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  1. #1
    Join Date
    Oct 2008

    [RESOLVED] Determining object identities using image recognition

    I've written some image analysis software that can determine the basic shape, color, and dimensions (in cm) of what it considers to be the most dominant object in the image.

    I've also created a database of objects for the algorithm to choose from:

    Item | Shape | Colors | Width range | Height range
    Box | rectangle | brown, black, white | 20-50 cm | 10-30 cm
    Basketball | circle | orange | 20-25cm | 20-25 cm
    Backpack | rectangle | black | 40-50 cm | 20-30 cm
    An example would be where the system detects a black rectangle that is 42cm wide and 26cm in height. In this case, both 'box' and 'backpack' would qualify as correct answers. Are there any good ways to make an educated guess as to which of the two items it could be, such as 75% chance it's a backpack, 25% chance it's a box (possibly based on the fact that boxes have a chance of being 3 different colors and a wider range of sizes, as opposed to the backpack which could only be black)?

    Other advice is also welcome. I'm having to teach myself about image recognition, so if there are other things I should be trying to pull out of an image, or a different way that I should be going about the database, those comments would also be greatly appreciated!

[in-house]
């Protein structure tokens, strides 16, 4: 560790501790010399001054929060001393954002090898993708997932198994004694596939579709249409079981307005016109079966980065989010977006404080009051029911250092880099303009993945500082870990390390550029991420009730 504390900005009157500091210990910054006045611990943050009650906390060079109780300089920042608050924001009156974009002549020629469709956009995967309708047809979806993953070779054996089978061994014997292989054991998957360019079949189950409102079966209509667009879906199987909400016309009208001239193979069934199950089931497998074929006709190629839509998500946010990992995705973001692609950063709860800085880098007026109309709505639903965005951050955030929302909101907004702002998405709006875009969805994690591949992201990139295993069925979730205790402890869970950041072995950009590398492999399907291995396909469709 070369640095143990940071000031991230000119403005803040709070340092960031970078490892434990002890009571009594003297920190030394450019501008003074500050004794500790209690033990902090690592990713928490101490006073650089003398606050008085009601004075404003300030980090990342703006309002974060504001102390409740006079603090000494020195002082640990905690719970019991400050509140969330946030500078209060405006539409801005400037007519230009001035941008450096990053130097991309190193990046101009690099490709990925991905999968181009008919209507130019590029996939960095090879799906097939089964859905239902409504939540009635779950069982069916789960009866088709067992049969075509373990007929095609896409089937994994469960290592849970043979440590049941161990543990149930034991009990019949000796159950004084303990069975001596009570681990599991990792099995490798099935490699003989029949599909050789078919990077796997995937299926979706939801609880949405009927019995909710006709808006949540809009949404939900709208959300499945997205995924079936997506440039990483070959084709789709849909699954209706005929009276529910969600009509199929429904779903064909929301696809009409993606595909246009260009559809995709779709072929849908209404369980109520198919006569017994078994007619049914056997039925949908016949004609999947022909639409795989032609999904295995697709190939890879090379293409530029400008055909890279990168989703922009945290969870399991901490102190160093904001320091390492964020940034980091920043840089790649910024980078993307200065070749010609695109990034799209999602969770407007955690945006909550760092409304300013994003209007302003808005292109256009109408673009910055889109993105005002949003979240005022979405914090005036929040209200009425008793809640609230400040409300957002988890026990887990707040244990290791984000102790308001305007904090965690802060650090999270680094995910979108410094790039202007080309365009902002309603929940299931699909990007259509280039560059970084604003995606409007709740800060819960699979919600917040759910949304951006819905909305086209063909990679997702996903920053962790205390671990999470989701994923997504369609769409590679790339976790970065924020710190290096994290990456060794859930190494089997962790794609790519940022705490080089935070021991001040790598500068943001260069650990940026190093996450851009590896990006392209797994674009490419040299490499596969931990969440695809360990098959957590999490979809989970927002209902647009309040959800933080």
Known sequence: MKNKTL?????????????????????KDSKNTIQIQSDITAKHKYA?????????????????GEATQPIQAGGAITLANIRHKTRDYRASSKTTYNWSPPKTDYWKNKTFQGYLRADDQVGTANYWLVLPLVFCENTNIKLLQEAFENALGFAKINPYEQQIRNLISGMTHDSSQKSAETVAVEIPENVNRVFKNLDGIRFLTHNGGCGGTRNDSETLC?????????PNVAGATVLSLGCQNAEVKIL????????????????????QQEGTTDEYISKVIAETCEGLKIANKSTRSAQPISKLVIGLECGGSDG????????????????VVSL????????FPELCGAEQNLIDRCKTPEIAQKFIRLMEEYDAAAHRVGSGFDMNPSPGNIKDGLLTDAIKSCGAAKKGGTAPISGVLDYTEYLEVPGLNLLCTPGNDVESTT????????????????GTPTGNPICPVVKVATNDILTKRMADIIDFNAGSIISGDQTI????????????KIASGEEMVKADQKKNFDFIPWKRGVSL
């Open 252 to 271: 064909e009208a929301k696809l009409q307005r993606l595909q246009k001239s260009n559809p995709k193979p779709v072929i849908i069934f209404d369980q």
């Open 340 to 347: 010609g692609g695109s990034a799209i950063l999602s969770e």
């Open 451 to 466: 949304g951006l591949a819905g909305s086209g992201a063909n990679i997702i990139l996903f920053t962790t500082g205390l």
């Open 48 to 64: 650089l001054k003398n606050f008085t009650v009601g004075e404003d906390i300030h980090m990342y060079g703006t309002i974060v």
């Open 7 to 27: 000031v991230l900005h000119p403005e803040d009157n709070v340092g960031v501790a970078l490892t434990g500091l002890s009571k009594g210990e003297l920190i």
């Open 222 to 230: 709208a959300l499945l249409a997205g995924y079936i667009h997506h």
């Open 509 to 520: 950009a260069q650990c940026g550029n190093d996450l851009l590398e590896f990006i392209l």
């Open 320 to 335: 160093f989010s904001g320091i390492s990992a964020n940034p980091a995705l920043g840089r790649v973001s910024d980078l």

2. #2
    Join Date
    Oct 2008

    Re: Determining object identities using image recognition

    For anyone who may have come across this via a Google search, or just perusing the forum, there was a pretty good answer given to the same question when I asked it on StackOverflow.

    Response Given:

    Additionally to recording the range of acceptable sizes for boxes and backpacks, you need to define a probability distribution. Most likely you'd just go with a (2D) normal distribution, then you'd record the mean and a variation instead of the range. Do the same for the shape, color, etc. variables with a suitable probability distribution.

    Then generate two data set with a few hundred data points like this:

    p_1 = (shape=rectangle, color=black, width=12, height=34)
    p_2 = (shape=circle, color=red, width=34, height=11)

    For one of the sets, manually classify them as the object that would match the description best. That will become your verification set.

    Take the other data set and train a classification algorithm like Fisher's linear discriminant using that data. You obtain a transformation `T` that will maximize the "distance" between the classes (groups of data points representing an object) and minimize the "distance" between the points belonging to the same group.

    When your program detects a new object with the properties

    o = (shape=rectangle, color=black, width=42, height=26)

    you apply the transformation obtained from Fisher's LD and measure the correlation (scalar vector product) to the transformations of the data points you classified as, i.e. calculate `(T*o)*(T*p_backpack)'` and `(T*o)*(T*p_box)'` which relate to the probability that the object o is actually a backpack/a box.
    Last edited by blinksumgreen; May 2nd, 2011 at 01:17 AM.

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